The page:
Ever worry about the negative effects your bathing habits might have on oyster copulation? The National Academy of Sciences does, and according to a new study they just published, microbeads and other microplastics found in cosmetics are harming Pacific oyster populations. The new research suggests tiny plastic particles from cosmetics, clothing and industrial processes break down and enter marine ecosystems where they are then ingested by marine life.
The introduction of these tiny particles has had adverse effects on certain species’ ability to reproduce. Microplastics are dangerous for all organisms, but have specifically harmful effects on filter-feeding organisms like mussels and zooplankton. Ingestion of microplastics can lead to immunological and neurological problems.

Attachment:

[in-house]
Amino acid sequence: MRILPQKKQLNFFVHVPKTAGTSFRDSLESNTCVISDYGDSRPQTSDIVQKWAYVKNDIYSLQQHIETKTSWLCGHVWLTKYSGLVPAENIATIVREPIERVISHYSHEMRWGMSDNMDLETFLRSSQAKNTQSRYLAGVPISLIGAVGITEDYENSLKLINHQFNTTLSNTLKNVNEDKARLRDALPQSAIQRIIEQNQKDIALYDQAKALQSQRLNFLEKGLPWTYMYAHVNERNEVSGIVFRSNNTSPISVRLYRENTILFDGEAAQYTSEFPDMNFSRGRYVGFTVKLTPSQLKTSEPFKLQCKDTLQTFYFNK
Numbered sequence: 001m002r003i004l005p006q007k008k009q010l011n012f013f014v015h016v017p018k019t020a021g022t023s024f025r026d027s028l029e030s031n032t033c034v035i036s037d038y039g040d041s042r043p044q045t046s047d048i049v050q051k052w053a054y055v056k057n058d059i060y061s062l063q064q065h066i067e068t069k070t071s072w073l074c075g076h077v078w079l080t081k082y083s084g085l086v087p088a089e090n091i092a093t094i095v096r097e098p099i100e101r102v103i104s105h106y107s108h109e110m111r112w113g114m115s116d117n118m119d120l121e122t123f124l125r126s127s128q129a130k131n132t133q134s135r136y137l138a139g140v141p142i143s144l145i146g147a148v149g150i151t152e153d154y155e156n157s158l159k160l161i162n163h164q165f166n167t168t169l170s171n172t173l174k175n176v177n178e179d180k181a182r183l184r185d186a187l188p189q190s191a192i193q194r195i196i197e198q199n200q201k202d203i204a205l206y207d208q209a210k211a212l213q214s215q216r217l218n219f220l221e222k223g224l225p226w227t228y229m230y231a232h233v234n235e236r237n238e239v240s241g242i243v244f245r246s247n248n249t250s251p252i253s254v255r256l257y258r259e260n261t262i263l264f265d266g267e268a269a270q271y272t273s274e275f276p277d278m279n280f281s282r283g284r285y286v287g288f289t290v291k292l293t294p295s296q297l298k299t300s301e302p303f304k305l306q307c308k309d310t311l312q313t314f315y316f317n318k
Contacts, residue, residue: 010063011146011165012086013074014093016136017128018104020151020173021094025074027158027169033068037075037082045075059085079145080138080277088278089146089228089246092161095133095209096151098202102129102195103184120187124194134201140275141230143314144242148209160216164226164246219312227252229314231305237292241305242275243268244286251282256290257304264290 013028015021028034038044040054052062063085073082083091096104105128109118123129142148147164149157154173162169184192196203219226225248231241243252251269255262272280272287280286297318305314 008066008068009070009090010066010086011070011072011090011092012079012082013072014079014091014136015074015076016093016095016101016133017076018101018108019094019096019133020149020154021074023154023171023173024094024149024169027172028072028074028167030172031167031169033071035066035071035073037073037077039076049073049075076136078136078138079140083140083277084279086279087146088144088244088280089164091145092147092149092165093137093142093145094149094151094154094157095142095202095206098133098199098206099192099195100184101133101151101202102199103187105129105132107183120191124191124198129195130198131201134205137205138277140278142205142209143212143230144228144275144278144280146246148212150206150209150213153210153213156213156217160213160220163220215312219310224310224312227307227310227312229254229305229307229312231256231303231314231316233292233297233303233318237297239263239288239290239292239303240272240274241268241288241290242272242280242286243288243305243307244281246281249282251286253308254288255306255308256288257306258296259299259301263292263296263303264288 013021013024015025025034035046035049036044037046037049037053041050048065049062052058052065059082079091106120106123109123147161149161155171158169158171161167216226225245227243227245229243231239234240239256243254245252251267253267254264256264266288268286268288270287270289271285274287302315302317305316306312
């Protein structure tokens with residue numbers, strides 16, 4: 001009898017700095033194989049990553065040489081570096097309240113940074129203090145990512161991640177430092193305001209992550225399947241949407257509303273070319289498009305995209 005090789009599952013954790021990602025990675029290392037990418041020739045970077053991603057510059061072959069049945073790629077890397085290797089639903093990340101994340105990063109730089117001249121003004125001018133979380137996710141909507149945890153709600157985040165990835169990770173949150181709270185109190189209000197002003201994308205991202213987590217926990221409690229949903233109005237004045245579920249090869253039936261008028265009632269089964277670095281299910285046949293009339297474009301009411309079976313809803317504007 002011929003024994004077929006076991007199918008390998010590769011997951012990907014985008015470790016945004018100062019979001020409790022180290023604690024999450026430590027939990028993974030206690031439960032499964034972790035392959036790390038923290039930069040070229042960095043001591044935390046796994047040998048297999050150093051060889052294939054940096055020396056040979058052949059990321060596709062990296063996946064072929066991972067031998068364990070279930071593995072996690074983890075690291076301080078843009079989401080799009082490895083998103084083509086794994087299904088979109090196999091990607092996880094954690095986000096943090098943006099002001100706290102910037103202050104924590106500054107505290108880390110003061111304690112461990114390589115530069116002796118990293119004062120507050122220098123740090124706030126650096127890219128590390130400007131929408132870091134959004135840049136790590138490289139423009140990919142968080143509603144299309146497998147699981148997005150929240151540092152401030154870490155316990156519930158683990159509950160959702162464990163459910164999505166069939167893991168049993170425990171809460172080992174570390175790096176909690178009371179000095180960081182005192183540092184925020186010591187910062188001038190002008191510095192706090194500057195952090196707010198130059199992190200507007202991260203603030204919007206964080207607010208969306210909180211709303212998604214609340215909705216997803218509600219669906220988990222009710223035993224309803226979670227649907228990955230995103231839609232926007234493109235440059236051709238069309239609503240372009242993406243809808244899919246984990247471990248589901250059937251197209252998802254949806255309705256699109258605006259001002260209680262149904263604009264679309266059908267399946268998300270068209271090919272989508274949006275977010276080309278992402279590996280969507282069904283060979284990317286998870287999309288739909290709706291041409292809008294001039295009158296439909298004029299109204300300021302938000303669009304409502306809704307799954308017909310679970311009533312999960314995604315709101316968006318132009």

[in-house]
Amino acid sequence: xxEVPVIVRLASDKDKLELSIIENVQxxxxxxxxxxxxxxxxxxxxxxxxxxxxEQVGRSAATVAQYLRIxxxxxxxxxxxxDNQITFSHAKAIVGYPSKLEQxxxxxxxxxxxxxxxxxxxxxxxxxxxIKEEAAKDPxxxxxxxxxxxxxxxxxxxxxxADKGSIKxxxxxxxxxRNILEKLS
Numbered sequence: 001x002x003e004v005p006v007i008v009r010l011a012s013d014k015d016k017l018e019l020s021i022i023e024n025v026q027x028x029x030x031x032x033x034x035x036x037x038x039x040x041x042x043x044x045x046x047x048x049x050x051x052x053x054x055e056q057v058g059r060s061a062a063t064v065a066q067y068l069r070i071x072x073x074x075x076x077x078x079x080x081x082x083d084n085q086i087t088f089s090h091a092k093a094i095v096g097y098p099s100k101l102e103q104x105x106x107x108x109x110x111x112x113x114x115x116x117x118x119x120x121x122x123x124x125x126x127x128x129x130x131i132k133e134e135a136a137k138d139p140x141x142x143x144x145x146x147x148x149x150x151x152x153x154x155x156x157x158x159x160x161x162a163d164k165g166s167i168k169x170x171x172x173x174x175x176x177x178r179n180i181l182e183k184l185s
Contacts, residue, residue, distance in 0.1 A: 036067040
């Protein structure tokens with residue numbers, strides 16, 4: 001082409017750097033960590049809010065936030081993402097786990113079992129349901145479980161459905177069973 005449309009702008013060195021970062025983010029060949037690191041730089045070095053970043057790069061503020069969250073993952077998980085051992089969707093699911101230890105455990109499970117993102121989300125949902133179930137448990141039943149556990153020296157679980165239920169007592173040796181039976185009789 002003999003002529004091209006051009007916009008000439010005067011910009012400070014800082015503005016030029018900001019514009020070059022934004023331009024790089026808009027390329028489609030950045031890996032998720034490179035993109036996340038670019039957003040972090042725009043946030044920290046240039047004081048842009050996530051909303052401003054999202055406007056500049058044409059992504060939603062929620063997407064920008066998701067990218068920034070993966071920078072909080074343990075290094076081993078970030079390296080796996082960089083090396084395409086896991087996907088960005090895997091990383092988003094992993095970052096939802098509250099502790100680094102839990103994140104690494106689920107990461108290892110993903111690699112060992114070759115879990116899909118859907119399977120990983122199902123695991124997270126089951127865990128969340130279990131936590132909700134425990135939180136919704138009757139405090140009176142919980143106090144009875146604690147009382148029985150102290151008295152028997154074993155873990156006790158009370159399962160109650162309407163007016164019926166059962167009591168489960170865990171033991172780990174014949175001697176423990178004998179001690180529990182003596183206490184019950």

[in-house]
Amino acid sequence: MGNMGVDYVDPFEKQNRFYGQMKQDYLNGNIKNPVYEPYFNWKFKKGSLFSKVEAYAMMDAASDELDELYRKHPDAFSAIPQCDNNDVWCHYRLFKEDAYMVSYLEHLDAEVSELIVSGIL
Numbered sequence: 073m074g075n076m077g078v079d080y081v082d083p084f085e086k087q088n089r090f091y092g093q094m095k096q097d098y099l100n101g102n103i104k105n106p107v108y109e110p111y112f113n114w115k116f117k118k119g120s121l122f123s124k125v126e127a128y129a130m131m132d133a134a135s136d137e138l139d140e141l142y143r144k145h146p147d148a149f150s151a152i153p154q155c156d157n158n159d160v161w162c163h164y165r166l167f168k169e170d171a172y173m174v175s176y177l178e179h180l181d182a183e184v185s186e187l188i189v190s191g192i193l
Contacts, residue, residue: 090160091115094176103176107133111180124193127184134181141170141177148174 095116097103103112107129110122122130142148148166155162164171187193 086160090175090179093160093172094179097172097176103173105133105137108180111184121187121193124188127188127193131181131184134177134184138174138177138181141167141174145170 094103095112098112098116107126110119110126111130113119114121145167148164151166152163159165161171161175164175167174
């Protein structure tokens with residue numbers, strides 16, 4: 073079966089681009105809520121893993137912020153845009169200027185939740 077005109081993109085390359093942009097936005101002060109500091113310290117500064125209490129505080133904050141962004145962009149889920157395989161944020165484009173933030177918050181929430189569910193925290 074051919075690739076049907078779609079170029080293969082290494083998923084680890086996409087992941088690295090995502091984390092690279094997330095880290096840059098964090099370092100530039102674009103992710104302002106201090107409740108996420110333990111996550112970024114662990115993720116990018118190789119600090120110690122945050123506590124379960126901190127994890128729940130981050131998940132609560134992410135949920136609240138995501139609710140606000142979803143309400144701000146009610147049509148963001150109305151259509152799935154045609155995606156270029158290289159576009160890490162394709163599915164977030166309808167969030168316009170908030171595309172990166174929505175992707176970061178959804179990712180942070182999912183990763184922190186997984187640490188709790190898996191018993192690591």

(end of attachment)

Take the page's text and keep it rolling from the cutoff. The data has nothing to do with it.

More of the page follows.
This newest study specifically looked at Pacific oysters because they are common around the world, widely eaten, and play an important ecological role. They’re also important for your libido on Valentine’s Day so pay attention.
The study revealed that oysters whose phytoplankton were delivered in water contaminated with microplastics produced fewer and smaller cells from which eggs grow and had slower sperm. They produced 41% fewer larvae and those surviving larvae grew at a slower rate.
With an estimated 250,000 tons (yes, the equivalent to 500,000,000 pounds) of microplastics floating in the world’s oceans, scientist are left to wonder about the effects of chemical additives and pollutants on ecosystems around the world.